With only two weeks left of the semester, it feels like the perfect time to write an update.
Within the last couple weeks, I received news that I had been nominated two different times for the Pushcart Prize, once by Gimmick Press and once by Sweet Tree Review. I’m so excited to represent small literary magazines/presses in particular. I’m aware, of course, that it’s not a particularly high honor unless one actually makes the shortlist or wins. I’m currently thinking about how to balance feeling good about my nominations with the knowledge that they don’t mean much by themselves in the long run. I’m not yet sure how this balance is to be achieved; despite my nonbinary gender and nonbinary philosophical bent, I’m very much a black-and-white person.
Speaking of growth, I want to briefly sing the praises of another class I’m taking, called Narrative Medicine: How Writing Can Heal. Not only has my writing –– especially my ‘personal essay’ writing –– improved technically since I started the class, but that class also gave me a more concrete toolkit for addressing life experiences I have yet to narrativize for myself. All history is narrative, and, in a sense, fiction; what is “legitimate history” is more a question of whose narrative gains dominance, rather than adherence to an arbitrary standard of objectivity. Objectivity is used all too often to mask what’s really a white supremacist, patriarchal, abled, etc. point of view. It’s used as the only way to advance a highly specific way of perceiving reality as the singular truth. More people are realizing the dangers of such hegemonic perspectives that are wildly discordant with the material lives of subjugated groups of people –– for example, the dismissal of sexual assault survivors’ stories in favor of the perpetrators’.
Narrative Medicine has given me the opportunity to write a final paper on Virginia Woolf’s essay On Being Ill, which I’ve talked incessantly about to many people close to me (because that’s what happens when I discover something I’m into). For anyone who, like me, was taken by Woolf’s biting critique of the medico-psychiatric system and its abuse and neglect toward patients in Mrs. Dalloway, On Being Ill is a must-read. My edition has an introduction from Hermione Lee, who shares that Woolf was actually sick in bed while writing the essay. This in and of itself helps prove one of her main theses: that conceiving of The Writer as rational, cerebral, and divorced from the messiness of the body is limiting and inaccurate. I weave my own personal experience into my analysis of the text, which is reflective of the feminist turn in literary analysis which began decades ago. I argue that Woolf did it too –– albeit in the 1920s and 30s –– and her bold discussion of trauma, disability, patriarchy, and hegemonic “rationalism” paved the way for more identifiable feminist criticism.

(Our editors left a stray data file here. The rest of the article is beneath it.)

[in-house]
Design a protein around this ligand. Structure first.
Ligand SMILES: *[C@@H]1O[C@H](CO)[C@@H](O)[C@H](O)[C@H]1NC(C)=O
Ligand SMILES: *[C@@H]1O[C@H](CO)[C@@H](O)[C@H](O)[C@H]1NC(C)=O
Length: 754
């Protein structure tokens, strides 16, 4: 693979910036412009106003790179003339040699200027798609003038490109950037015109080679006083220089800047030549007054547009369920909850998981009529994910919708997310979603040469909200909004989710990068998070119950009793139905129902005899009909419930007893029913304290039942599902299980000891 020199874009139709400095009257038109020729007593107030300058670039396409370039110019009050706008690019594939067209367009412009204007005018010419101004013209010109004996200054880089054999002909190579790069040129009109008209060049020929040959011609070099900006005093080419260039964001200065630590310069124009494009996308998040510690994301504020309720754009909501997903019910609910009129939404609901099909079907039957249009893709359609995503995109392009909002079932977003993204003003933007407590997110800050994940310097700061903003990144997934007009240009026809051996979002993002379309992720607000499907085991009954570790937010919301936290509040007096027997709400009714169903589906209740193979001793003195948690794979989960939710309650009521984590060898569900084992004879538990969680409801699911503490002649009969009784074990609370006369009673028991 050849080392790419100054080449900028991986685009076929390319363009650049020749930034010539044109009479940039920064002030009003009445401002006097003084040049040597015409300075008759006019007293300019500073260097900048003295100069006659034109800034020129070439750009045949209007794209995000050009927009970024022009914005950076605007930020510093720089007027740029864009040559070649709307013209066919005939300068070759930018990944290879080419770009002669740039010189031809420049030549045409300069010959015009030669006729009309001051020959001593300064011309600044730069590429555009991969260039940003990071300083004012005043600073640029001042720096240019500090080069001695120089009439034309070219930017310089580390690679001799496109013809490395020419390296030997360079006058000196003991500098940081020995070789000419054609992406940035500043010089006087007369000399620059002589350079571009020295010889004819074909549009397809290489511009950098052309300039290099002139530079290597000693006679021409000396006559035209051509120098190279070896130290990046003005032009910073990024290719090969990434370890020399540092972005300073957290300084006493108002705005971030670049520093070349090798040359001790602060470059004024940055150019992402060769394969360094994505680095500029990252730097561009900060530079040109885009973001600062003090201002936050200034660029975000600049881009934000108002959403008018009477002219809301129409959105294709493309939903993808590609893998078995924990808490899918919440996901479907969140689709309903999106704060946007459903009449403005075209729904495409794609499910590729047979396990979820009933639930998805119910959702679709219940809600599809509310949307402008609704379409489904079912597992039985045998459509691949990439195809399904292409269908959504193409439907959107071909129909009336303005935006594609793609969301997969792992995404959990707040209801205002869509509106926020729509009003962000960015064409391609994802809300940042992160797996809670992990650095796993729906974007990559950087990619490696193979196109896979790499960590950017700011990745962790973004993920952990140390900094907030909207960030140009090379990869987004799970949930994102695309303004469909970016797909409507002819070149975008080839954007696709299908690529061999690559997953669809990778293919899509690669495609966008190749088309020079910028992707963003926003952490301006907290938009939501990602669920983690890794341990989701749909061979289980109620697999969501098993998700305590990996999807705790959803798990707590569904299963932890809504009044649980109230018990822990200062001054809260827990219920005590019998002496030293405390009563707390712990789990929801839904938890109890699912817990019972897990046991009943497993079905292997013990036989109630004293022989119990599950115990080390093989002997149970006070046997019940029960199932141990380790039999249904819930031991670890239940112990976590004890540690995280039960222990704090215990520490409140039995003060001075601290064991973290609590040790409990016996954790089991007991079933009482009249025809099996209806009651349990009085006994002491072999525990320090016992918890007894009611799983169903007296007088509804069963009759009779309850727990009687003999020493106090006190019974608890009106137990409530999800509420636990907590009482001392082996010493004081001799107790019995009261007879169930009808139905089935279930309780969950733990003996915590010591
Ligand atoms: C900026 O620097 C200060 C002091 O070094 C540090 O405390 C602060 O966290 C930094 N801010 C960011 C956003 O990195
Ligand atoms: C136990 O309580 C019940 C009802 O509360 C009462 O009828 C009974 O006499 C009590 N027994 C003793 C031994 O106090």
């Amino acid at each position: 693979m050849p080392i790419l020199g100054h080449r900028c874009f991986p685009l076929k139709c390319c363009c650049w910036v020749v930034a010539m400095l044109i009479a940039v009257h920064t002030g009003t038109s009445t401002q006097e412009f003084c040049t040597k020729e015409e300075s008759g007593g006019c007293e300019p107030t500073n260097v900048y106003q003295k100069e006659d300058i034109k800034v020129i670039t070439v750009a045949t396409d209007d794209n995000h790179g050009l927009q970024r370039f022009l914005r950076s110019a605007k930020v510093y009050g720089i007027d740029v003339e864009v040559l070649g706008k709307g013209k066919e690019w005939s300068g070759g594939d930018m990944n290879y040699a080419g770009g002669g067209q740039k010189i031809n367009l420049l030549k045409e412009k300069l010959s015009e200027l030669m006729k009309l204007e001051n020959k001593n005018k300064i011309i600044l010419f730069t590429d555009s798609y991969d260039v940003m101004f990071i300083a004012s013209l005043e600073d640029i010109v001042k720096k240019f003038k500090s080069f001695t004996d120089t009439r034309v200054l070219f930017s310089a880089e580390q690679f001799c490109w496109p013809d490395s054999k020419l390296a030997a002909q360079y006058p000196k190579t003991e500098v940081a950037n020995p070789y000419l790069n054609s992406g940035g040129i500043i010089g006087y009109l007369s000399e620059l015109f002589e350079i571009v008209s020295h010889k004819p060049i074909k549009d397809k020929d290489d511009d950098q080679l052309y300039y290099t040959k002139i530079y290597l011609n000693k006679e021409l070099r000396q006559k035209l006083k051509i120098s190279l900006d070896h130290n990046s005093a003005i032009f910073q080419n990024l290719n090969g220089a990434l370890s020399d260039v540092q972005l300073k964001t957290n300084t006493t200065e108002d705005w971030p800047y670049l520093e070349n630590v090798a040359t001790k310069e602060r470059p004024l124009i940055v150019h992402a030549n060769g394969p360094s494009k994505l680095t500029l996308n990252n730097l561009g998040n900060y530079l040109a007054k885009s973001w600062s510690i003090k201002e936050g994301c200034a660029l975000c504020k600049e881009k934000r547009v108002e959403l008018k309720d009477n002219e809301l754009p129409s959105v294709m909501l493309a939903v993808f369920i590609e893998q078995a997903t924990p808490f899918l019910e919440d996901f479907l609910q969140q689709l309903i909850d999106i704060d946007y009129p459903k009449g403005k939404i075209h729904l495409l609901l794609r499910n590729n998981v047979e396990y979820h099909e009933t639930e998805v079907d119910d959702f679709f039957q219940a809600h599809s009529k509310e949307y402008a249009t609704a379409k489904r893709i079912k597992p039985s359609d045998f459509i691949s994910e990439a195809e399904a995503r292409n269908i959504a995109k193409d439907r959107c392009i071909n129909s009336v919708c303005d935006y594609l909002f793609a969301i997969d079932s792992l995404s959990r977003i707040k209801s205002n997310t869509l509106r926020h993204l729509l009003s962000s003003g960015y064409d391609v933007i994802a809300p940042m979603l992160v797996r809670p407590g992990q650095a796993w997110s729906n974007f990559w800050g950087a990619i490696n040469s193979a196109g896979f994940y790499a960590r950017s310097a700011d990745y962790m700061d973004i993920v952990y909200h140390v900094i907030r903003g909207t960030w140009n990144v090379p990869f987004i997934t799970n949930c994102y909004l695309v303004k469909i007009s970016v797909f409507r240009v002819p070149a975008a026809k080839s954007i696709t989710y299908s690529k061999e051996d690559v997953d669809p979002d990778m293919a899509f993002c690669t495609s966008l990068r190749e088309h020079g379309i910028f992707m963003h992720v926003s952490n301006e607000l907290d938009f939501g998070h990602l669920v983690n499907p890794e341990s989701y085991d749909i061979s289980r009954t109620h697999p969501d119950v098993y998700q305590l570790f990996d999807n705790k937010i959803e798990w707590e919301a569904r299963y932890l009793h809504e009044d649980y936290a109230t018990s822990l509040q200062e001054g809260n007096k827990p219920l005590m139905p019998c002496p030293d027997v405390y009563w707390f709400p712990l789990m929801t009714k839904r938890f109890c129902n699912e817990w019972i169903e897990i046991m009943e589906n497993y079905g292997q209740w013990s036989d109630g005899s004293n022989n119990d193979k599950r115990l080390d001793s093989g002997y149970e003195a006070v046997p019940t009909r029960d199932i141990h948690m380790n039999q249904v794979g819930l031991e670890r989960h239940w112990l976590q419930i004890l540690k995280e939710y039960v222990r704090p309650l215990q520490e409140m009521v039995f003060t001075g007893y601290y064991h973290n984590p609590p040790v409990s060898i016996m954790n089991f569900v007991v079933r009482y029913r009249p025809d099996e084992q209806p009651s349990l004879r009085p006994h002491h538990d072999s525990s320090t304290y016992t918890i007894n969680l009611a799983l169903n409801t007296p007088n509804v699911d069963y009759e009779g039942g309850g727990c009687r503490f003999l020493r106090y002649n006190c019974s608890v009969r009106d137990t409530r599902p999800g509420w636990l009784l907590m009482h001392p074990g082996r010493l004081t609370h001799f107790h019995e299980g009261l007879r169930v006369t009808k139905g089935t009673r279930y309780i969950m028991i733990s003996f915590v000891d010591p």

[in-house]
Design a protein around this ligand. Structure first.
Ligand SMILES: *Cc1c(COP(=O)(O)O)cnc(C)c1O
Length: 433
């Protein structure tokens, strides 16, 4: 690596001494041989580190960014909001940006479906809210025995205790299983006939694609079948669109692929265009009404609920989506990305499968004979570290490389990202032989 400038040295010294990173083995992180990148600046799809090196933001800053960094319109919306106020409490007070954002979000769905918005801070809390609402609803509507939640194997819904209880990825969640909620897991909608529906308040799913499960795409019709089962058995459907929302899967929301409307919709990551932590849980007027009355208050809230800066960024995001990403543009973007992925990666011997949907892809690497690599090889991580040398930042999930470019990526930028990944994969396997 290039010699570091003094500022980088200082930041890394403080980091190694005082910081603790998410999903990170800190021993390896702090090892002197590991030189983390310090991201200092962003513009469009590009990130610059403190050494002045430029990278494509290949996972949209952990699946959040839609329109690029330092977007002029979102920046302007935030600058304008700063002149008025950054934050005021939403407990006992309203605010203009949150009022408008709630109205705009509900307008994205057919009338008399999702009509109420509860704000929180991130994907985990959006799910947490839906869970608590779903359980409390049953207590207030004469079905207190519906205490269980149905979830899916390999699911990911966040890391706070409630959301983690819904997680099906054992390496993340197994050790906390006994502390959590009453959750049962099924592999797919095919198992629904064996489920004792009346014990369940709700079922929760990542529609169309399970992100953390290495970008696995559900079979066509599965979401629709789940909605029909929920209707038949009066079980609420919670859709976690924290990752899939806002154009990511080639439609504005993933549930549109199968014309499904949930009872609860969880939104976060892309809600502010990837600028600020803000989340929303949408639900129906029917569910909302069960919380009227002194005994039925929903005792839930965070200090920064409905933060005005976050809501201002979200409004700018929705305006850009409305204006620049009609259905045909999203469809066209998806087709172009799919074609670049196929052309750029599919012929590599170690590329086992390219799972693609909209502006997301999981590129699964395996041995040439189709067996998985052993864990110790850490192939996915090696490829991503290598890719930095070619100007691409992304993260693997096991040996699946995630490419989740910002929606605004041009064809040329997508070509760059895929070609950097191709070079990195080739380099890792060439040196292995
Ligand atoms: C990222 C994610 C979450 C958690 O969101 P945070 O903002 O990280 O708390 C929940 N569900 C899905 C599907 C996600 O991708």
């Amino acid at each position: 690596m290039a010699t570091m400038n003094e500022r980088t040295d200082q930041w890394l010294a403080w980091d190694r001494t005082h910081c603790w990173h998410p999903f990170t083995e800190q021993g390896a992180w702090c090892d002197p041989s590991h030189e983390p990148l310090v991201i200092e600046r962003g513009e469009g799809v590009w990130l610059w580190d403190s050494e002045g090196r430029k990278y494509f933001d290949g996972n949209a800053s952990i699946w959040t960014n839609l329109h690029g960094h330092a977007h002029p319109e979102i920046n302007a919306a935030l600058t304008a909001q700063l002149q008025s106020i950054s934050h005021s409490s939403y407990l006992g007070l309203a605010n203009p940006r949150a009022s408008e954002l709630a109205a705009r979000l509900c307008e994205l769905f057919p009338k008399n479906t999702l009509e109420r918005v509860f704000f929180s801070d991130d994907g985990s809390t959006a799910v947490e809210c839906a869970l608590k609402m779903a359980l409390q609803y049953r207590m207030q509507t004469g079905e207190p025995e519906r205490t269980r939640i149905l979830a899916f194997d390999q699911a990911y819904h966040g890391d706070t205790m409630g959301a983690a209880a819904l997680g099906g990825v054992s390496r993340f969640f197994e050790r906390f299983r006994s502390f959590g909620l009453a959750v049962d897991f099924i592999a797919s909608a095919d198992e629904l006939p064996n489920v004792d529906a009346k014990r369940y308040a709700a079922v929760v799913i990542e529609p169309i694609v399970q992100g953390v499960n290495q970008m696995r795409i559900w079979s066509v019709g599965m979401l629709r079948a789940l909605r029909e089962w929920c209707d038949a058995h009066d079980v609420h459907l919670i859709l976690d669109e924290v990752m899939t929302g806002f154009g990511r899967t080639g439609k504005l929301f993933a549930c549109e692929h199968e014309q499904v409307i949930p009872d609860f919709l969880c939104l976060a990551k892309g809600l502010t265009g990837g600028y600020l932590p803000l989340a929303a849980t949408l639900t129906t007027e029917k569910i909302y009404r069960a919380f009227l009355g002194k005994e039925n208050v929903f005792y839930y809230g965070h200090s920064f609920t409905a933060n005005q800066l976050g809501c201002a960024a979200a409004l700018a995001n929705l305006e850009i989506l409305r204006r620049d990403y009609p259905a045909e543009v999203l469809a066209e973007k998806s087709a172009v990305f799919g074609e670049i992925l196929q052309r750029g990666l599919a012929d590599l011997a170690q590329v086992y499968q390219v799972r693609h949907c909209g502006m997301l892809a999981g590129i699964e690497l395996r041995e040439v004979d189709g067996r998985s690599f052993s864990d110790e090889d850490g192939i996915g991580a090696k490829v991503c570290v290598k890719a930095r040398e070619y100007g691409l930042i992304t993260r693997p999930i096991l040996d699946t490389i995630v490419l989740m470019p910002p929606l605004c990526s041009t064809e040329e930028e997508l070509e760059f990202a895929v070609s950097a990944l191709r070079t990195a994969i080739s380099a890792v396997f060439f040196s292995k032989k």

In other word-news, last week, I also got the opportunity to read a short story aloud at a small open mic at MHC. It was a lot scarier than I thought it would be, as I’m not usually so afraid of speaking in front of people. I had a small identity crisis following that experience: who am I if I can’t even get up and speak confidently in front of an audience the way that I used to? I’m still not sure where the sudden barrage of anxiety that day came from, all I know is that I was shaking so hard as I read that I thought I was going to fall over. I’m still thinking hard about why the sudden change in my public speaking self-confidence occurred. Let me know if you have any insight. Regardless, I’m really glad I did it, as many of my friends and classmates, as well as professors, were there, and they all gave me positive feedback. That always feels good. I’m thankful for having chosen to take creative writing as a class this semester, as that class was the reason I learned about the open mic, and the reason for much of my recent growth as a writer in general.
In the last week-and-a-half before break, it feels like everyone is trying to squeeze in as many events as possible. This is partially also because Hanukkah is happening this week and I’ve been trying to go to the various celebrations our Jewish Student Union has been hosting. Several days ago, on the first night of Hanukkah, I learned to play dreidel, which was great fun! Tonight I hope to listen to some Klezmer music; I’ve loved it since an online friend of mine introduced me to The Klezmatics. I’m looking forward to hopefully listening to some Klezmer live!
Lastly, I’d like to update you regarding the progress I’ve made on my “project” which I’m refusing to call a “novel” (even saying the word “novel” makes me cringe). I’m at a little over 30,000 words / 100-ish pages. I’ve implemented a writing strategy that’s been effective for me before, namely to write at least a little of that project every day, even if it’s only one line. I wrote a novella when I was fifteen and used this strategy to keep up with it, and happily, I think I’m soon going to surpass the length of that work in writing this new, more sophisticated project. Every day, I fear that yesterday’s idea was my last good one, and this whole project is going to go down the drain, but so far, I’ve been able to continue. Scary as it is, I think this constant state of insecurity is also important in that it’s humbling.
I’ll try to post again around my birthday, which is in exactly two weeks. I’ll be 20! If all goes according to plan, I’ll be able to go to Barnes and Noble that day, my favorite activity. Talk to you soon!
ETA: I didn’t have the spoons to attend the Klezmer concert, but did spend some quality time supervising the menorahs until they burnt out and then having dinner with friends.